If you think digital transformation (DX) is all hype – or maybe yesterday’s news – then get ready for sticker shock. A new report from IDC says that global spending on digital-transformation projects will reach $1.1 trillion this year, up from $958 billion last year.
And it’s just getting started.
“Many organizations are still in the early stages of their DX journey, internally focused on improving existing processes and efficiency,” says Craig Simpson, research manager of IDC’s customer insights and analysis group. “As they move into the later stages of development, we expect to see these priorities and spending shift toward the use of digital information to further improve operations and to create new products and services.”
Manufacturers will spend the most ($333 billion) on improving operational efficiencies. They’re buying up applications, connectivity services and IT services as they build out their DX platforms. Top priorities are smart manufacturing – think: industrial internet of things – digital supply-chain optimization, and logistics automation.
IDC looked at 139 DX use cases across 19 industries. Use cases receiving the most funding this year are freight management, robotic manufacturing, asset instrumentation and automatic operations. Spending growth over the next five years will be in construction operations, connected automated vehicles and clinical operations management.
Channel partners in DX stand to gain high margins off of this spend. Last month, Microsoft and IDC released the first in a series of five e-books outlining how partners can sell digital-transformation services.
The other side of the spending spectrum is also very telling. Companies are just now opening their wallets and investing in long-term projects, such as building cognitive capabilities – think: artificial intelligence – data-driven services, digital trust and stewardship. Simpson says these strategic areas suggest companies are just getting started with DX.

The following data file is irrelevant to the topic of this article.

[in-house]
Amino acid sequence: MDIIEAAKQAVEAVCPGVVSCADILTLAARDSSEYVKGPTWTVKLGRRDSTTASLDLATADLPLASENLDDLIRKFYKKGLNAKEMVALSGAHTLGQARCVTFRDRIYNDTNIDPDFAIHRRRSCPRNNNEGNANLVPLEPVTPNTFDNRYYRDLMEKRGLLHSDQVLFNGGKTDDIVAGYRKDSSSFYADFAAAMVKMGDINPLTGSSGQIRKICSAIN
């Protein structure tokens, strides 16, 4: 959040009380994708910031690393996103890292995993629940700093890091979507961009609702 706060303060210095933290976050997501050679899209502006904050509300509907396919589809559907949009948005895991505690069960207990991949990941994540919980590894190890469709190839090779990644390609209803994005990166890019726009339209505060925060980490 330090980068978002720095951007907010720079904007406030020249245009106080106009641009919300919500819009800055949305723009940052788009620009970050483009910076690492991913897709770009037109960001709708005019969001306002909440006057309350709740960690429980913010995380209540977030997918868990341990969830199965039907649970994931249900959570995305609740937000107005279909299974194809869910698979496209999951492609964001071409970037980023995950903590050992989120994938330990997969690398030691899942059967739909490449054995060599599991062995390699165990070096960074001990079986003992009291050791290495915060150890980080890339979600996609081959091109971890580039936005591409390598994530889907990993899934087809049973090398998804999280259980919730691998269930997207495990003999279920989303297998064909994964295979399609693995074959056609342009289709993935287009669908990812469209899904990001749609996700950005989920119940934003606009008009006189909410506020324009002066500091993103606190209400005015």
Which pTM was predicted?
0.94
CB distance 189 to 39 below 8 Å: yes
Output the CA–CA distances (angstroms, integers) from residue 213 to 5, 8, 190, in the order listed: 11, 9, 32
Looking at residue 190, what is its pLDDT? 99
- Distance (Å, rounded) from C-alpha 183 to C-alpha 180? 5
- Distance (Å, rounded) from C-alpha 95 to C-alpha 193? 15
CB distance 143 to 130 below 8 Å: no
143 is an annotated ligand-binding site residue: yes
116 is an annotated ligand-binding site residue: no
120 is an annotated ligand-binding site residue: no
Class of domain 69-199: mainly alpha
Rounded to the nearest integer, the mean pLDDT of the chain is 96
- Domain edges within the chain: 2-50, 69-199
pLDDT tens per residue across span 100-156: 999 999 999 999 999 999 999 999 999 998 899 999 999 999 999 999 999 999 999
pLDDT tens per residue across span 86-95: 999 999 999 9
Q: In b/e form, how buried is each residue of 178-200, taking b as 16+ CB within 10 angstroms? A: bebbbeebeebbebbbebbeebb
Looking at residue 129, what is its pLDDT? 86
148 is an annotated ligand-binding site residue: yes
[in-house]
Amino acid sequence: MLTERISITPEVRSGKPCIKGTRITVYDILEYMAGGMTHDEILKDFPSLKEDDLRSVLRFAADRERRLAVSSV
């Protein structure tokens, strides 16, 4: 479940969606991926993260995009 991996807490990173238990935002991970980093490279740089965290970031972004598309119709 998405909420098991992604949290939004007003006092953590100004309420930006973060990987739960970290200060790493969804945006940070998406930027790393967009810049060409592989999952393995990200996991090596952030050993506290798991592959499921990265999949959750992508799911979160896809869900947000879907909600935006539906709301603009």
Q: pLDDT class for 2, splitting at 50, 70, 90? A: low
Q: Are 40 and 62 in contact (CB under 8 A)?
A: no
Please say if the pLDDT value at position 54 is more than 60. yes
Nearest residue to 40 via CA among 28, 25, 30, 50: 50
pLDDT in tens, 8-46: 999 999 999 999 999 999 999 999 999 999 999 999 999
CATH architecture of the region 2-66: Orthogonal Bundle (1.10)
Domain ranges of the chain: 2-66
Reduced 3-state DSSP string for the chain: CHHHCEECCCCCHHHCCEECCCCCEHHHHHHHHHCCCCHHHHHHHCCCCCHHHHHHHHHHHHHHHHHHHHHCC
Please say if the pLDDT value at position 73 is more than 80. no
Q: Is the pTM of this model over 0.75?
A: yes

Channel Futures caught up with Simpson to gain more insight into the massive DX spend.
Channel Futures: What’s the common trait qualifying these 139 use cases as DX?
Craig Simpson: DX is long-term, not an upgrade of a current solution. It is a complete overhaul. It redefines how you conduct your business, creates new business models, interacts with customers in new ways, and generates new revenue streams.
CF: What were some of the more interesting outlier use cases?
CS: Some of the smaller outlier use cases that have great potential and represent substantial opportunity for customer engagement include: 3-D product design and review, and digital product life-cycle management.
The interesting aspects of these use cases are how they’re closing the divide between manufacturer, retailer and customer. The ability to showcase products virtually, in real-world scenarios, through augmented and virtual reality, and having customer interaction and feedback streaming in real-time back into product development and inventory optimization is something that is going to change the way we do business.
CF: You said DX will eventually create new products and services. When will this happen and what do you envision?
CS: This is very hard to say. From industry to industry, use cases vary greatly in terms of relative maturity and pervasiveness. Industries where closer customer interaction and understanding [are] required, where extremely competitive markets drive the need for new ways and means to conduct business, and where there’s a need for closer ties upstream and downstream in terms of relationships and logistics are the industries laying the foundation. They’re likely to drive the greatest net economic value-add up front.
CF: Early on, there was a lot of talk about DX upending business models and reimagining the customer experience — a sense of great disruption on the way. Then the conversation retreated to marginal operational improvements. What happened?
CS: DX still has the disruptive power. The problem is, too often people misunderstand what exactly DX is and how it not only can support your business, but completely transform it.
The simpler areas related to higher-level business models are what the majority of us head to first, in terms of understanding the dynamics of how it will affect businesses. However, when we look deeper, there are so many pieces of DX applied to very specific parts of the business, which build on top of each other to eventually lead to the business-model change.
So I think the conversation has changed from a higher-level focus to more of a granular focus on what needs to be done to make the transformative change.